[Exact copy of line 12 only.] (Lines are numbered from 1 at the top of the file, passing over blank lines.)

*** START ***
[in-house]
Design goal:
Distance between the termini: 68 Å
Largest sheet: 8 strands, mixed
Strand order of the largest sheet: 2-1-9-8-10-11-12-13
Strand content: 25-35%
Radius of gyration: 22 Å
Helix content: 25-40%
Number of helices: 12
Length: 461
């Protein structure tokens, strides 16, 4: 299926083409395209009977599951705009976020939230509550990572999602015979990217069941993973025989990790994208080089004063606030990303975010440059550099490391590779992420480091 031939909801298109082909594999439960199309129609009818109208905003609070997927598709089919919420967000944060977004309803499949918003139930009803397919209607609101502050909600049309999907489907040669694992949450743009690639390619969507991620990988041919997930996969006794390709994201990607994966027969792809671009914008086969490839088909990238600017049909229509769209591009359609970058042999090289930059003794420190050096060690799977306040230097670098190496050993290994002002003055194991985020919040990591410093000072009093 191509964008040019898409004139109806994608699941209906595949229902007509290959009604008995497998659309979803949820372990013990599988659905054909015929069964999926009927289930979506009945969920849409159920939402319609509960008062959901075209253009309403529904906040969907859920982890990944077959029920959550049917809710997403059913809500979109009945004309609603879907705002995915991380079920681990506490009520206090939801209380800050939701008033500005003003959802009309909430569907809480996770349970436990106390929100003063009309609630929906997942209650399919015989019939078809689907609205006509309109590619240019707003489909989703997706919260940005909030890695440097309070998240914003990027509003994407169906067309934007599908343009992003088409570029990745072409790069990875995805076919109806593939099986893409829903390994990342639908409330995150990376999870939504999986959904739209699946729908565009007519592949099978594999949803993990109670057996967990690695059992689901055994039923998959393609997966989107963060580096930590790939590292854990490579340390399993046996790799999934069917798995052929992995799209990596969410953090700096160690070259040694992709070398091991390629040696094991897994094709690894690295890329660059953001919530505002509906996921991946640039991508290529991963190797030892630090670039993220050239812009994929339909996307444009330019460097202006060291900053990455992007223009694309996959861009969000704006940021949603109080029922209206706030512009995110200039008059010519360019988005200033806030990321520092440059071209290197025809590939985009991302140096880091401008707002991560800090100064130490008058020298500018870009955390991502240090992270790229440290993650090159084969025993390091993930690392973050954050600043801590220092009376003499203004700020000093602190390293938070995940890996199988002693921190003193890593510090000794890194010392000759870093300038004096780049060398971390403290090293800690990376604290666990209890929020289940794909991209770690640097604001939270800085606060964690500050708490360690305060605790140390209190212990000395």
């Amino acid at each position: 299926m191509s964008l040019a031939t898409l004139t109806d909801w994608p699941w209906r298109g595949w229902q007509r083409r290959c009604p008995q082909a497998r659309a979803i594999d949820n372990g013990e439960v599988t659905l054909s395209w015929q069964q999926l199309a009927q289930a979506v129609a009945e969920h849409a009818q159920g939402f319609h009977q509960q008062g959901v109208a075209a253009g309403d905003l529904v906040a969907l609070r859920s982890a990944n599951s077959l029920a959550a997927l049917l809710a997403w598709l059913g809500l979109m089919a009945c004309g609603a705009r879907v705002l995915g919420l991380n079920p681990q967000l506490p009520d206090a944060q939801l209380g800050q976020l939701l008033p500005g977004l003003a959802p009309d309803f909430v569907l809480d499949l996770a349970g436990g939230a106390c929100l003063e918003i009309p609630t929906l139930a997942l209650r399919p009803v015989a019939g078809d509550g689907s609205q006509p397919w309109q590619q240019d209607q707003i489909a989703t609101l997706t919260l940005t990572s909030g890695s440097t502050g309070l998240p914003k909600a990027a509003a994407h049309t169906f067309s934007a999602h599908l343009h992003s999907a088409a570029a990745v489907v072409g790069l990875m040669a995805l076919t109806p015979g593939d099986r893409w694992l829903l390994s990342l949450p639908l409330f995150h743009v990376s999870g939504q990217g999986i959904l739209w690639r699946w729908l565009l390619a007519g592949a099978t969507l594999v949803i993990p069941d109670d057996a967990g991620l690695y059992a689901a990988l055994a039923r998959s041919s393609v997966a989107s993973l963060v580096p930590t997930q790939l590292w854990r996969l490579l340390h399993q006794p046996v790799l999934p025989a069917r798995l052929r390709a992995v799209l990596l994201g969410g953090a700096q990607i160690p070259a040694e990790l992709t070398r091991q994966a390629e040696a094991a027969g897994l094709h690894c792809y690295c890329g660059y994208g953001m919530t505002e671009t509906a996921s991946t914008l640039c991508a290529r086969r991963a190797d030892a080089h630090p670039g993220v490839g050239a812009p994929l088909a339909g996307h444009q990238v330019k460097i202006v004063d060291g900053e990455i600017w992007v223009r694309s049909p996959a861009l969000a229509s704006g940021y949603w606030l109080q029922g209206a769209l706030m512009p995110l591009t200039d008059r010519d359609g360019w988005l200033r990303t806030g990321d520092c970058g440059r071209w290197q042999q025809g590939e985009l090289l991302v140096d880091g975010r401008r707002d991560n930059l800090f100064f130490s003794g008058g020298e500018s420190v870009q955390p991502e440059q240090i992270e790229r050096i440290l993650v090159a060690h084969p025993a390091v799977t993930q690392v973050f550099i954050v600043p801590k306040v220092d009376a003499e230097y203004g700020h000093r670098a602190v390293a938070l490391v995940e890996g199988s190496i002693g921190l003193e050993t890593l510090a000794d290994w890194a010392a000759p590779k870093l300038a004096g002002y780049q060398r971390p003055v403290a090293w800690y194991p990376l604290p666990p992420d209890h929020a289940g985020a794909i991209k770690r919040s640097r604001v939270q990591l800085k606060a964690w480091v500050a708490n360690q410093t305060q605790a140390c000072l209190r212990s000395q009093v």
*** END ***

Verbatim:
């Amino acid at each position: 299926m191509s964008l040019a031939t898409l004139t109806d909801w994608p699941w209906r298109g595949w229902q007509r083409r290959c009604p008995q082909a497998r659309a979803i594999d949820n372990g013990e439960v599988t659905l054909s395209w015929q069964q999926l199309a009927q289930a979506v129609a009945e969920h849409a009818q159920g939402f319609h009977q509960q008062g959901v109208a075209a253009g309403d905003l529904v906040a969907l609070r859920s982890a990944n599951s077959l029920a959550a997927l049917l809710a997403w598709l059913g809500l979109m089919a009945c004309g609603a705009r879907v705002l995915g919420l991380n079920p681990q967000l506490p009520d206090a944060q939801l209380g800050q976020l939701l008033p500005g977004l003003a959802p009309d309803f909430v569907l809480d499949l996770a349970g436990g939230a106390c929100l003063e918003i009309p609630t929906l139930a997942l209650r399919p009803v015989a019939g078809d509550g689907s609205q006509p397919w309109q590619q240019d209607q707003i489909a989703t609101l997706t919260l940005t990572s909030g890695s440097t502050g309070l998240p914003k909600a990027a509003a994407h049309t169906f067309s934007a999602h599908l343009h992003s999907a088409a570029a990745v489907v072409g790069l990875m040669a995805l076919t109806p015979g593939d099986r893409w694992l829903l390994s990342l949450p639908l409330f995150h743009v990376s999870g939504q990217g999986i959904l739209w690639r699946w729908l565009l390619a007519g592949a099978t969507l594999v949803i993990p069941d109670d057996a967990g991620l690695y059992a689901a990988l055994a039923r998959s041919s393609v997966a989107s993973l963060v580096p930590t997930q790939l590292w854990r996969l490579l340390h399993q006794p046996v790799l999934p025989a069917r798995l052929r390709a992995v799209l990596l994201g969410g953090a700096q990607i160690p070259a040694e990790l992709t070398r091991q994966a390629e040696a094991a027969g897994l094709h690894c792809y690295c890329g660059y994208g953001m919530t505002e671009t509906a996921s991946t914008l640039c991508a290529r086969r991963a190797d030892a080089h630090p670039g993220v490839g050239a812009p994929l088909a339909g996307h444009q990238v330019k460097i202006v004063d060291g900053e990455i600017w992007v223009r694309s049909p996959a861009l969000a229509s704006g940021y949603w606030l109080q029922g209206a769209l706030m512009p995110l591009t200039d008059r010519d359609g360019w988005l200033r990303t806030g990321d520092c970058g440059r071209w290197q042999q025809g590939e985009l090289l991302v140096d880091g975010r401008r707002d991560n930059l800090f100064f130490s003794g008058g020298e500018s420190v870009q955390p991502e440059q240090i992270e790229r050096i440290l993650v090159a060690h084969p025993a390091v799977t993930q690392v973050f550099i954050v600043p801590k306040v220092d009376a003499e230097y203004g700020h000093r670098a602190v390293a938070l490391v995940e890996g199988s190496i002693g921190l003193e050993t890593l510090a000794d290994w890194a010392a000759p590779k870093l300038a004096g002002y780049q060398r971390p003055v403290a090293w800690y194991p990376l604290p666990p992420d209890h929020a289940g985020a794909i991209k770690r919040s640097r604001v939270q990591l800085k606060a964690w480091v500050a708490n360690q410093t305060q605790a140390c000072l209190r212990s000395q009093v």